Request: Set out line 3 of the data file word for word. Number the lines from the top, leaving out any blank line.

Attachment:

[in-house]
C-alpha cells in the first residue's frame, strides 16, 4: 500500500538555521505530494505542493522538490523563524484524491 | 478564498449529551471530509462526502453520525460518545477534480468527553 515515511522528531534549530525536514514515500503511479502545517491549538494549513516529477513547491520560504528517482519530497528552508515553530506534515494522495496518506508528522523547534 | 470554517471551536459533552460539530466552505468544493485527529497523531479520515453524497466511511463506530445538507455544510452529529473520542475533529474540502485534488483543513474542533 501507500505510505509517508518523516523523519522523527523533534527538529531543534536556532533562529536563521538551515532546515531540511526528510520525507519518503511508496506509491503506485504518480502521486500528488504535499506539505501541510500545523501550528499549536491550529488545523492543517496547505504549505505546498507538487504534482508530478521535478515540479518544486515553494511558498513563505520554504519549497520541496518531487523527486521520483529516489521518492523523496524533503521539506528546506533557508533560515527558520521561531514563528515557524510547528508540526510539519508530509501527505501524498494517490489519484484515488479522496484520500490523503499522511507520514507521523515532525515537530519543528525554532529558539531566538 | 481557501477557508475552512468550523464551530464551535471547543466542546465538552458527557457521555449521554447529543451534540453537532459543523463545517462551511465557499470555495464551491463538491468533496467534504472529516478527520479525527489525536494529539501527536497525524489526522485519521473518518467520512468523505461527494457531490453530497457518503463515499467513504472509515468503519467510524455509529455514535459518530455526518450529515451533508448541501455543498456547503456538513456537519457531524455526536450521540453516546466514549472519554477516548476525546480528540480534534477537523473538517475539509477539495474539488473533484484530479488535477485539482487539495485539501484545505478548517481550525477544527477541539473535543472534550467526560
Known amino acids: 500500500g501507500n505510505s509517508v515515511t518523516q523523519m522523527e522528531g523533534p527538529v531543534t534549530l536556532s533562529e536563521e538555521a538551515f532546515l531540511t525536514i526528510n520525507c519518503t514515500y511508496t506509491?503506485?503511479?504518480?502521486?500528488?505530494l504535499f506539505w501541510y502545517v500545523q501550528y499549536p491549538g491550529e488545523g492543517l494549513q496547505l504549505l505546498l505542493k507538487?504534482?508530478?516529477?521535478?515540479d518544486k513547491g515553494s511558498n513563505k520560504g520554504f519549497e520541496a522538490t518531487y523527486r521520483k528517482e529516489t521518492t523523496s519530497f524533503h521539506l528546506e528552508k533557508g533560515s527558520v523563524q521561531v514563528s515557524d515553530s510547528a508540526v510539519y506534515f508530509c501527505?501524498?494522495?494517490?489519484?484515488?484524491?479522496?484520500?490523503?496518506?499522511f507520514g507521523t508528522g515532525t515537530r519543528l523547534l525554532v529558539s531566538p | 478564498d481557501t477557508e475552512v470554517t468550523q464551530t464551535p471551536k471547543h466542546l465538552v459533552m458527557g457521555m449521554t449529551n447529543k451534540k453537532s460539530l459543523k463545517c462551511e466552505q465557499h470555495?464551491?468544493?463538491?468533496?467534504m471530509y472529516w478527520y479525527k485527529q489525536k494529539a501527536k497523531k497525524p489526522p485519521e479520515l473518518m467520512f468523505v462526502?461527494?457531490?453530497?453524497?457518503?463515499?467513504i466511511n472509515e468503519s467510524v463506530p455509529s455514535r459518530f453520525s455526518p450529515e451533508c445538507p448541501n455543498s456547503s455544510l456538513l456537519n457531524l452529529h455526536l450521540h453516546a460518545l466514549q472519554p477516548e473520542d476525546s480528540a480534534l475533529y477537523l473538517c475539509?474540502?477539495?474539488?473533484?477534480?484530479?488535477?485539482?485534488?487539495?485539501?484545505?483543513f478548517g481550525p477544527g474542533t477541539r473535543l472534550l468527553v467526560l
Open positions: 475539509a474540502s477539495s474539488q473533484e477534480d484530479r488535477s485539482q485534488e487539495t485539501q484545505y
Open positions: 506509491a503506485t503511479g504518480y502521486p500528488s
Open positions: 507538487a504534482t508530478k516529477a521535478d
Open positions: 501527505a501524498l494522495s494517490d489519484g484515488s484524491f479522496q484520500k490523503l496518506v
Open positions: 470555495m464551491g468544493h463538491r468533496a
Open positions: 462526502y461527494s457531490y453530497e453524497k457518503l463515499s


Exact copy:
Known amino acids: 500500500g501507500n505510505s509517508v515515511t518523516q523523519m522523527e522528531g523533534p527538529v531543534t534549530l536556532s533562529e536563521e538555521a538551515f532546515l531540511t525536514i526528510n520525507c519518503t514515500y511508496t506509491?503506485?503511479?504518480?502521486?500528488?505530494l504535499f506539505w501541510y502545517v500545523q501550528y499549536p491549538g491550529e488545523g492543517l494549513q496547505l504549505l505546498l505542493k507538487?504534482?508530478?516529477?521535478?515540479d518544486k513547491g515553494s511558498n513563505k520560504g520554504f519549497e520541496a522538490t518531487y523527486r521520483k528517482e529516489t521518492t523523496s519530497f524533503h521539506l528546506e528552508k533557508g533560515s527558520v523563524q521561531v514563528s515557524d515553530s510547528a508540526v510539519y506534515f508530509c501527505?501524498?494522495?494517490?489519484?484515488?484524491?479522496?484520500?490523503?496518506?499522511f507520514g507521523t508528522g515532525t515537530r519543528l523547534l525554532v529558539s531566538p | 478564498d481557501t477557508e475552512v470554517t468550523q464551530t464551535p471551536k471547543h466542546l465538552v459533552m458527557g457521555m449521554t449529551n447529543k451534540k453537532s460539530l459543523k463545517c462551511e466552505q465557499h470555495?464551491?468544493?463538491?468533496?467534504m471530509y472529516w478527520y479525527k485527529q489525536k494529539a501527536k497523531k497525524p489526522p485519521e479520515l473518518m467520512f468523505v462526502?461527494?457531490?453530497?453524497?457518503?463515499?467513504i466511511n472509515e468503519s467510524v463506530p455509529s455514535r459518530f453520525s455526518p450529515e451533508c445538507p448541501n455543498s456547503s455544510l456538513l456537519n457531524l452529529h455526536l450521540h453516546a460518545l466514549q472519554p477516548e473520542d476525546s480528540a480534534l475533529y477537523l473538517c475539509?474540502?477539495?474539488?473533484?477534480?484530479?488535477?485539482?485534488?487539495?485539501?484545505?483543513f478548517g481550525p477544527g474542533t477541539r473535543l472534550l468527553v467526560l